Nursing Home Case Sent Off to State Court

     TAMPA, Fla. (CN) - Claims that Florida's plan to close down a nursing home will leave mentally impaired residents without adequate care belong in state court, a federal judge ruled.
     The Rehabilitation Center of St. Petersburg caters to Medicaid patients, some of whom suffer from dementia, Alzheimer's disease, schizophrenia and other severe health conditions.
     The Secretary of the Florida Agency for Health Care Administration decided to terminate the center's provider agreement with Medicaid and revoke its operating license after determining that its residents faced "harm, death, serious injury or impairment," according to court filings.
     Fourteen residents sued the secretary to stop their forced relocation, claiming they will have a hard time finding similar care reasonably close to their current location. Joined by representatives for other residents, they argued that relocation will disrupt patients' daily lives, affecting their health and well-being.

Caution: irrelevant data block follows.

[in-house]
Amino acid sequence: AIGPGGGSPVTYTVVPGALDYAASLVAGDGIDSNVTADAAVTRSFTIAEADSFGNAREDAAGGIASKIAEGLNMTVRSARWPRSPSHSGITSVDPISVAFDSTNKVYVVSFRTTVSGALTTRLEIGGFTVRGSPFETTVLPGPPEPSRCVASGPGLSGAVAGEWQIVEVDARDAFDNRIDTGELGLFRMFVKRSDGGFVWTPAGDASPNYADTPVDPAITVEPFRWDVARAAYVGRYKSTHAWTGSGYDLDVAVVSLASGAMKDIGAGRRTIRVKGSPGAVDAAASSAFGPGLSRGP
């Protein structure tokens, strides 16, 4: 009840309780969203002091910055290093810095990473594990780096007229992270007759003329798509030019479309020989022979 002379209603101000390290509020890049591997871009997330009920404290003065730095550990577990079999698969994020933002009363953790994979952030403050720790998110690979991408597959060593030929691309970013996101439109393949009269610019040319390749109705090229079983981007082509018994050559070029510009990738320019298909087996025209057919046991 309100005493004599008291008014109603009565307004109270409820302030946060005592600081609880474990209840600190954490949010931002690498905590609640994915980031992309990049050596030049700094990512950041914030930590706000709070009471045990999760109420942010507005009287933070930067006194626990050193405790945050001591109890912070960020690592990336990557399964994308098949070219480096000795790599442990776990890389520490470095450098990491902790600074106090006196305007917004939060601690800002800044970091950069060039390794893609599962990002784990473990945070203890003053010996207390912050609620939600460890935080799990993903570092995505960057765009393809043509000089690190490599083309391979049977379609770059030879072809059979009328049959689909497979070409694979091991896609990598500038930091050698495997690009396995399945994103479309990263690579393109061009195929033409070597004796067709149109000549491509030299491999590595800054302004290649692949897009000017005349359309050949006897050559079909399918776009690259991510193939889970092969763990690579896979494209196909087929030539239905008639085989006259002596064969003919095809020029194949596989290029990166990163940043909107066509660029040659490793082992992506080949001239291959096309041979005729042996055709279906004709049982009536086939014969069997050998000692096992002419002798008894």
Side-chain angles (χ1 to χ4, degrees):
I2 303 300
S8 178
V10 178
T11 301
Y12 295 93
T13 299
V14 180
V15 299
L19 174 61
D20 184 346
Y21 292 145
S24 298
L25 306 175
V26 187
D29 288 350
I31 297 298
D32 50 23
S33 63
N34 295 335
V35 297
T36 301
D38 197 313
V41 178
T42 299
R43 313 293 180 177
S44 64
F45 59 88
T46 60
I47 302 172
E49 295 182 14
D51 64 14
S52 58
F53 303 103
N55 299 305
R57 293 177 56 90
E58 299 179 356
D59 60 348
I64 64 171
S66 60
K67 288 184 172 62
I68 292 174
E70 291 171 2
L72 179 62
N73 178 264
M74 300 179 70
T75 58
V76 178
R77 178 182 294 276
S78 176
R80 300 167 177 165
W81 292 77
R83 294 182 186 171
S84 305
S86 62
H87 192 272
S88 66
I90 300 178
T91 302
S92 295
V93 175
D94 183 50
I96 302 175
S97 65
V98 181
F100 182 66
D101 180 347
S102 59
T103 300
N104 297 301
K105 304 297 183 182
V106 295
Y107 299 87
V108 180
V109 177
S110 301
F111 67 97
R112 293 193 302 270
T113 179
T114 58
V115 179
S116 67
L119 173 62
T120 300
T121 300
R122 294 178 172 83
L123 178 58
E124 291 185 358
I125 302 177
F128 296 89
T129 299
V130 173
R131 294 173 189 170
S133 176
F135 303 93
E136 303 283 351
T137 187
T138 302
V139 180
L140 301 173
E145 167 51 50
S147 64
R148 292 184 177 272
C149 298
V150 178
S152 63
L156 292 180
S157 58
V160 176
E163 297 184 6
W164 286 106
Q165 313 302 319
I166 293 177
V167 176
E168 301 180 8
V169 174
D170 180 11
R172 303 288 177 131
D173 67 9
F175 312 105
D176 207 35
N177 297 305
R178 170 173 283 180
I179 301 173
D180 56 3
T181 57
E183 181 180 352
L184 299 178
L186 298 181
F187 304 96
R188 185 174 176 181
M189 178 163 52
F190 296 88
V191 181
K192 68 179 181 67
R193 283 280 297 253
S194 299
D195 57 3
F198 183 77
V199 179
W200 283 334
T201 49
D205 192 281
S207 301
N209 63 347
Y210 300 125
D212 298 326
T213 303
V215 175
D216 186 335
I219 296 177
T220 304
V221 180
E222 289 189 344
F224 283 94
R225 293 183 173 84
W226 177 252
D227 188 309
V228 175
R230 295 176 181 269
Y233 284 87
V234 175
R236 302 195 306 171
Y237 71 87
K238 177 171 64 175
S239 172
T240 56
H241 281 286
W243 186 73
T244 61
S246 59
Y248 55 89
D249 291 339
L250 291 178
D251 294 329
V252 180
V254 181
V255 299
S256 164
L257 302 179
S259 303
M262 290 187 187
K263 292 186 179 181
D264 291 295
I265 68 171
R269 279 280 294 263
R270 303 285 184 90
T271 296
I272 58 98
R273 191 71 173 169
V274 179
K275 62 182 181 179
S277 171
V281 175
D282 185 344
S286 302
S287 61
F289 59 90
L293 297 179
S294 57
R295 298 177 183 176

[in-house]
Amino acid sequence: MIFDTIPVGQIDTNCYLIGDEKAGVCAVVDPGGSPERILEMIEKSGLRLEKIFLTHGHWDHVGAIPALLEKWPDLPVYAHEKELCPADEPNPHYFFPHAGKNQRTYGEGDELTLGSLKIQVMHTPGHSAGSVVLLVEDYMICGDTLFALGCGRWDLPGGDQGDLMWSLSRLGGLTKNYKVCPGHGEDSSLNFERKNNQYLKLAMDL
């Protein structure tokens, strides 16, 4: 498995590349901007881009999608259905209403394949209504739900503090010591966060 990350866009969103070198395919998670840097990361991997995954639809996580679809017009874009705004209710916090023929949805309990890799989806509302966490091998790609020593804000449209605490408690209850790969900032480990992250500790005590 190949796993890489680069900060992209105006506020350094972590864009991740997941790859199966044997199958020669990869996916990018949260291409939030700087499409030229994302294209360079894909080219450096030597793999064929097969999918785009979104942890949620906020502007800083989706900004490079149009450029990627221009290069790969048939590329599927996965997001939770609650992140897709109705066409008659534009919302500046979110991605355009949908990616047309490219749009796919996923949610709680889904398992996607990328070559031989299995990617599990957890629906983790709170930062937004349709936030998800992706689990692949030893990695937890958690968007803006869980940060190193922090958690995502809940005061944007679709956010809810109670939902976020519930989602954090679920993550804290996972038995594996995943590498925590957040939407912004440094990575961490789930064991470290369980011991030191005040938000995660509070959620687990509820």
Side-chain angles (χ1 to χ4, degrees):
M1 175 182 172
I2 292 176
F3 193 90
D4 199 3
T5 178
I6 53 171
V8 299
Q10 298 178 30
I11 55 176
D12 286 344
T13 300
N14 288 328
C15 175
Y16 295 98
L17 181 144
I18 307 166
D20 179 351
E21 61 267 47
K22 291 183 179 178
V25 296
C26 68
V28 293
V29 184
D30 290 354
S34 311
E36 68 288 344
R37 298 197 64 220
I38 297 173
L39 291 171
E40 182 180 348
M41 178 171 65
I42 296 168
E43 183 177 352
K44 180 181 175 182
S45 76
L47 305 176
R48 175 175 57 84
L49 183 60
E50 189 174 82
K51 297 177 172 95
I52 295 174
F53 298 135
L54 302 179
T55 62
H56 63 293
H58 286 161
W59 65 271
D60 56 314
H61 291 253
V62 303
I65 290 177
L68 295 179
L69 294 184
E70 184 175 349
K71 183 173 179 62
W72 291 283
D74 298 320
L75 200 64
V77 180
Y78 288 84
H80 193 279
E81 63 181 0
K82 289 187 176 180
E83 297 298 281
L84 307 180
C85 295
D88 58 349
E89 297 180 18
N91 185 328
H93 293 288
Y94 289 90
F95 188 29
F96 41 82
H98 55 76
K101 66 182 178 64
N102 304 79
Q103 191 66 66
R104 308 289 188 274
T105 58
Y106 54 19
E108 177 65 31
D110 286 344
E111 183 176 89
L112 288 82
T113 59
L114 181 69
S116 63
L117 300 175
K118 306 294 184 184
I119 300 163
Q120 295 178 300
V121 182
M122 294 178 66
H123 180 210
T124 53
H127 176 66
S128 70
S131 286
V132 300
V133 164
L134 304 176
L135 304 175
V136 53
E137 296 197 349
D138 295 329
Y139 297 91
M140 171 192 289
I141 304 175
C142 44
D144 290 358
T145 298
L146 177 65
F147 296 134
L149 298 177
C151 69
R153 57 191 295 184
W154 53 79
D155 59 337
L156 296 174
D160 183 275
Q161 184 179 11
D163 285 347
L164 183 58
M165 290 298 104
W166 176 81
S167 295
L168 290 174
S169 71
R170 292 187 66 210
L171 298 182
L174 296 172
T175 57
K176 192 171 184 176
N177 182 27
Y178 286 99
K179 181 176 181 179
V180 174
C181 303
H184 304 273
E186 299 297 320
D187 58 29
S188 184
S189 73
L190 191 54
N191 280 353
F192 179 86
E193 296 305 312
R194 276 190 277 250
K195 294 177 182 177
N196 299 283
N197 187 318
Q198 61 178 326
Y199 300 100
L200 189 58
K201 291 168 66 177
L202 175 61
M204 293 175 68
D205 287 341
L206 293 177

On Aug. 15, the plaintiffs asked a state court to enjoin the agency from stopping Medicaid payments to the center and from transferring patients while their rights were being determined. After the court temporarily stopped the plaintiffs' transfer, the secretary removed the lawsuit to federal court, claiming it involved a federal issue.
     But U.S. District Judge Virginia Hernandez Covington ruled that the court lacked jurisdiction. The plaintiffs are Medicaid recipients who seek to determine their rights under a state statute, and their mere reference to a federal statute under a state-law claim is insufficient to invoke federal jurisdiction, according to the ruling.
     Even though the federal Medicaid regulatory scheme is discussed in the complaint, it takes more than a federal element to establish jurisdiction, the court concluded.
     The residents, who have the right to choose their forum, have brought state-law claims for declaratory relief under Florida law, which belong in state court, according to the nine-page order.
     Kirk Davis, a Tampa-based attorney who represents the residents, and a spokeswoman for the Agency for Health Care Administration declined to comment on the pending lawsuit.